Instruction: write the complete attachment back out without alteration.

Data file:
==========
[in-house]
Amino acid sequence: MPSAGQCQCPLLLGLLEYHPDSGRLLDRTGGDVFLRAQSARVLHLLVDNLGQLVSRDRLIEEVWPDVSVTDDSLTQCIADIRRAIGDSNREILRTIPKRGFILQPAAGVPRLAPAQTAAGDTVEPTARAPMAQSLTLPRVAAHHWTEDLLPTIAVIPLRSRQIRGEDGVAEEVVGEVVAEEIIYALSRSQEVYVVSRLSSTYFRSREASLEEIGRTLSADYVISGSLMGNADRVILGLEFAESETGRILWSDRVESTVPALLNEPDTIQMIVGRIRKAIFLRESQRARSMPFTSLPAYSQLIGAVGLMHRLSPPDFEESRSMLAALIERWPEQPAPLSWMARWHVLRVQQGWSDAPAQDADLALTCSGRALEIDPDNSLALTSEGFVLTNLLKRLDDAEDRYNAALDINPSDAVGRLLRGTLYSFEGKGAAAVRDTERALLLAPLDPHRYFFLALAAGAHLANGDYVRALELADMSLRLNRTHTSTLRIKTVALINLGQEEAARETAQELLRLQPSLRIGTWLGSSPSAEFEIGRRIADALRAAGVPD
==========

[in-house]
Amino acid sequence: MPSAGQCQCPLLLGLLEYHPDSGRLLDRTGGDVFLRAQSARVLHLLVDNLGQLVSRDRLIEEVWPDVSVTDDSLTQCIADIRRAIGDSNREILRTIPKRGFILQPAAGVPRLAPAQTAAGDTVEPTARAPMAQSLTLPRVAAHHWTEDLLPTIAVIPLRSRQIRGEDGVAEEVVGEVVAEEIIYALSRSQEVYVVSRLSSTYFRSREASLEEIGRTLSADYVISGSLMGNADRVILGLEFAESETGRILWSDRVESTVPALLNEPDTIQMIVGRIRKAIFLRESQRARSMPFTSLPAYSQLIGAVGLMHRLSPPDFEESRSMLAALIERWPEQPAPLSWMARWHVLRVQQGWSDAPAQDADLALTCSGRALEIDPDNSLALTSEGFVLTNLLKRLDDAEDRYNAALDINPSDAVGRLLRGTLYSFEGKGAAAVRDTERALLLAPLDPHRYFFLALAAGAHLANGDYVRALELADMSLRLNRTHTSTLRIKTVALINLGQEEAARETAQELLRLQPSLRIGTWLGSSPSAEFEIGRRIADALRAAGVPD